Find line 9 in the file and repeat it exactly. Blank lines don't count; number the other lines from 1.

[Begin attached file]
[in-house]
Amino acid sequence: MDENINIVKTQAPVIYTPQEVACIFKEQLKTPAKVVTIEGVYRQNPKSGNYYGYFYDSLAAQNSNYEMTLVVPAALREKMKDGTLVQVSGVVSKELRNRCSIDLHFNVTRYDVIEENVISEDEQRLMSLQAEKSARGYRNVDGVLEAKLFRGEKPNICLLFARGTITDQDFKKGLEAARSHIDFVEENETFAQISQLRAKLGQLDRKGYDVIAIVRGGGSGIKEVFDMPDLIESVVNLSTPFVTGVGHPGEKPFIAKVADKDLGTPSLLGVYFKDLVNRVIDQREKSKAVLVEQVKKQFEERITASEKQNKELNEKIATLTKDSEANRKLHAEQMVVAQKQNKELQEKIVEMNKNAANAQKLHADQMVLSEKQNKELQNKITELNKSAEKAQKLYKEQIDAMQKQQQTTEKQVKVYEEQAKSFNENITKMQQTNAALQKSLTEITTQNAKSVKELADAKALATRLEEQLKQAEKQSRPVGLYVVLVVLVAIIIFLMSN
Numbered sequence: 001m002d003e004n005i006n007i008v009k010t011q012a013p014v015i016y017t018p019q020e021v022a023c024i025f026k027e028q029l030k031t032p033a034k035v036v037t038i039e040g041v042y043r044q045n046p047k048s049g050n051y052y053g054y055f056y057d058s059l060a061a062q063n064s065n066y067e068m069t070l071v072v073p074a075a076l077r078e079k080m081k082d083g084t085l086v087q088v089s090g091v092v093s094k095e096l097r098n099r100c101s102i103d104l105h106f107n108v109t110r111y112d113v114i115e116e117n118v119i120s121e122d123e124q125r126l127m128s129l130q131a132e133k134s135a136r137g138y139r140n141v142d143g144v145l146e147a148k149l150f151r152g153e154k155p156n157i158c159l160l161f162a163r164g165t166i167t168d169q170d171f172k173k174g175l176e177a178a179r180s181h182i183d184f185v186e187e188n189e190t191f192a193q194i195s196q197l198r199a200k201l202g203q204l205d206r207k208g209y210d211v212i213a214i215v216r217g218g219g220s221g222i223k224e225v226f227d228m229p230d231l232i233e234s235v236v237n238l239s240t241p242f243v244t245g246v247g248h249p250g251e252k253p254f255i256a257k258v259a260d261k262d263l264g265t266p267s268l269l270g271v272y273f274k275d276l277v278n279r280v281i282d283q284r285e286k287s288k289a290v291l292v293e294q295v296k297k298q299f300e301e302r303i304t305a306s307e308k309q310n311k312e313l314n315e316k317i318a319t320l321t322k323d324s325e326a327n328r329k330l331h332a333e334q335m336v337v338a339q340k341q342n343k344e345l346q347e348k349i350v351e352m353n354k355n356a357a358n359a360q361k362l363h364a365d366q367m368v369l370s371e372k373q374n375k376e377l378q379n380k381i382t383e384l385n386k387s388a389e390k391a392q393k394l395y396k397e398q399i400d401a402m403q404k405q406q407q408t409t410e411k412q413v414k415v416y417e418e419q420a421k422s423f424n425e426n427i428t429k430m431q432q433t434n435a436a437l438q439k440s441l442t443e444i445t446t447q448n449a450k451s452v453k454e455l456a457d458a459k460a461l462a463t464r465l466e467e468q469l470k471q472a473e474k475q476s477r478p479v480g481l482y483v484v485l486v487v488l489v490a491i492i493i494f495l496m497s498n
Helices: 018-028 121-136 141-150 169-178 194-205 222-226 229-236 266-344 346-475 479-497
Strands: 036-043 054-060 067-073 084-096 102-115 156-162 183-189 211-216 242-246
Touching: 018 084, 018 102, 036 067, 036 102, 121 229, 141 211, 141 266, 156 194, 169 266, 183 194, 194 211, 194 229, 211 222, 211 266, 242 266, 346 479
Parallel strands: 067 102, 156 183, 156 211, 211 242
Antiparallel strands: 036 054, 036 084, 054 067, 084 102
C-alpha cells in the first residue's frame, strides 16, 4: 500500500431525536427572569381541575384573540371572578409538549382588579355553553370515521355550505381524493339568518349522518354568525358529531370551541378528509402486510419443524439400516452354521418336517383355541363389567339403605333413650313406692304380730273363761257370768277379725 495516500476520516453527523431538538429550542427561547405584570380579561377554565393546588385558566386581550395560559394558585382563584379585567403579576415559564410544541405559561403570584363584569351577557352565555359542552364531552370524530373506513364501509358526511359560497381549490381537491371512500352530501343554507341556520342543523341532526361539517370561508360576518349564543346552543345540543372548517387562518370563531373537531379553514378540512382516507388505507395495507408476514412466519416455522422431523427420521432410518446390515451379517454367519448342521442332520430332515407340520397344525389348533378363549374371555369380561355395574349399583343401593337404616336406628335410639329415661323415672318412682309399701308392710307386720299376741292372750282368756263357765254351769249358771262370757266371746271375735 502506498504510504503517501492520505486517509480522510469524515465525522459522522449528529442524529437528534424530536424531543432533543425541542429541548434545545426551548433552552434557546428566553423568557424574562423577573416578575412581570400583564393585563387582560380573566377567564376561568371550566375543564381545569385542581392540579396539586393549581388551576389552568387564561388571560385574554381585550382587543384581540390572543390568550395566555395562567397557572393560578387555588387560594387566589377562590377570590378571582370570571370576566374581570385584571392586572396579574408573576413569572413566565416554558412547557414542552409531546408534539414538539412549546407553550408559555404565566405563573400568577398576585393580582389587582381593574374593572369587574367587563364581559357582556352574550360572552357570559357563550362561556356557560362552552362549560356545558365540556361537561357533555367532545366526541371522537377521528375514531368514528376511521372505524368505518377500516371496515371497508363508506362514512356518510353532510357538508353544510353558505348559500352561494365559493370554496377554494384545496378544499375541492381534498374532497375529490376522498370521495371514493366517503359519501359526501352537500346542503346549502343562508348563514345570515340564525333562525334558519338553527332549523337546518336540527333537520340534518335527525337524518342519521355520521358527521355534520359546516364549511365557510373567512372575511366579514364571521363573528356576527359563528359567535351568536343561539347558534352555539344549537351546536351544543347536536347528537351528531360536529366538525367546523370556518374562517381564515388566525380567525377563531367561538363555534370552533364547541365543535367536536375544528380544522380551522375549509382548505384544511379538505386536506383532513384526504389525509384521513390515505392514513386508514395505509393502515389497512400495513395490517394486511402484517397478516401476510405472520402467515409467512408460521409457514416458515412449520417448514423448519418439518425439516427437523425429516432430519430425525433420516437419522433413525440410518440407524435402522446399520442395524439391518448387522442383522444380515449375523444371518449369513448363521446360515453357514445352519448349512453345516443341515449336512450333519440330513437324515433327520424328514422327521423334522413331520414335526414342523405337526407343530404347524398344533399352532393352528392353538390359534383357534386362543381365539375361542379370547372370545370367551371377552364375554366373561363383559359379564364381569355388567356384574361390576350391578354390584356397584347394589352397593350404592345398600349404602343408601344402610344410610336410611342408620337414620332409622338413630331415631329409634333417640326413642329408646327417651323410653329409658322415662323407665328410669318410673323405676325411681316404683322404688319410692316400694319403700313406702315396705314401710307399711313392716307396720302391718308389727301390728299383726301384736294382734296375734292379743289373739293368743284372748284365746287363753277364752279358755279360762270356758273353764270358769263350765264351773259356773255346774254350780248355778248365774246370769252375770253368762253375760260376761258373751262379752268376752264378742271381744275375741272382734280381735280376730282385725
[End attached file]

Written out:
C-alpha cells in the first residue's frame, strides 16, 4: 500500500431525536427572569381541575384573540371572578409538549382588579355553553370515521355550505381524493339568518349522518354568525358529531370551541378528509402486510419443524439400516452354521418336517383355541363389567339403605333413650313406692304380730273363761257370768277379725 495516500476520516453527523431538538429550542427561547405584570380579561377554565393546588385558566386581550395560559394558585382563584379585567403579576415559564410544541405559561403570584363584569351577557352565555359542552364531552370524530373506513364501509358526511359560497381549490381537491371512500352530501343554507341556520342543523341532526361539517370561508360576518349564543346552543345540543372548517387562518370563531373537531379553514378540512382516507388505507395495507408476514412466519416455522422431523427420521432410518446390515451379517454367519448342521442332520430332515407340520397344525389348533378363549374371555369380561355395574349399583343401593337404616336406628335410639329415661323415672318412682309399701308392710307386720299376741292372750282368756263357765254351769249358771262370757266371746271375735 502506498504510504503517501492520505486517509480522510469524515465525522459522522449528529442524529437528534424530536424531543432533543425541542429541548434545545426551548433552552434557546428566553423568557424574562423577573416578575412581570400583564393585563387582560380573566377567564376561568371550566375543564381545569385542581392540579396539586393549581388551576389552568387564561388571560385574554381585550382587543384581540390572543390568550395566555395562567397557572393560578387555588387560594387566589377562590377570590378571582370570571370576566374581570385584571392586572396579574408573576413569572413566565416554558412547557414542552409531546408534539414538539412549546407553550408559555404565566405563573400568577398576585393580582389587582381593574374593572369587574367587563364581559357582556352574550360572552357570559357563550362561556356557560362552552362549560356545558365540556361537561357533555367532545366526541371522537377521528375514531368514528376511521372505524368505518377500516371496515371497508363508506362514512356518510353532510357538508353544510353558505348559500352561494365559493370554496377554494384545496378544499375541492381534498374532497375529490376522498370521495371514493366517503359519501359526501352537500346542503346549502343562508348563514345570515340564525333562525334558519338553527332549523337546518336540527333537520340534518335527525337524518342519521355520521358527521355534520359546516364549511365557510373567512372575511366579514364571521363573528356576527359563528359567535351568536343561539347558534352555539344549537351546536351544543347536536347528537351528531360536529366538525367546523370556518374562517381564515388566525380567525377563531367561538363555534370552533364547541365543535367536536375544528380544522380551522375549509382548505384544511379538505386536506383532513384526504389525509384521513390515505392514513386508514395505509393502515389497512400495513395490517394486511402484517397478516401476510405472520402467515409467512408460521409457514416458515412449520417448514423448519418439518425439516427437523425429516432430519430425525433420516437419522433413525440410518440407524435402522446399520442395524439391518448387522442383522444380515449375523444371518449369513448363521446360515453357514445352519448349512453345516443341515449336512450333519440330513437324515433327520424328514422327521423334522413331520414335526414342523405337526407343530404347524398344533399352532393352528392353538390359534383357534386362543381365539375361542379370547372370545370367551371377552364375554366373561363383559359379564364381569355388567356384574361390576350391578354390584356397584347394589352397593350404592345398600349404602343408601344402610344410610336410611342408620337414620332409622338413630331415631329409634333417640326413642329408646327417651323410653329409658322415662323407665328410669318410673323405676325411681316404683322404688319410692316400694319403700313406702315396705314401710307399711313392716307396720302391718308389727301390728299383726301384736294382734296375734292379743289373739293368743284372748284365746287363753277364752279358755279360762270356758273353764270358769263350765264351773259356773255346774254350780248355778248365774246370769252375770253368762253375760260376761258373751262379752268376752264378742271381744275375741272382734280381735280376730282385725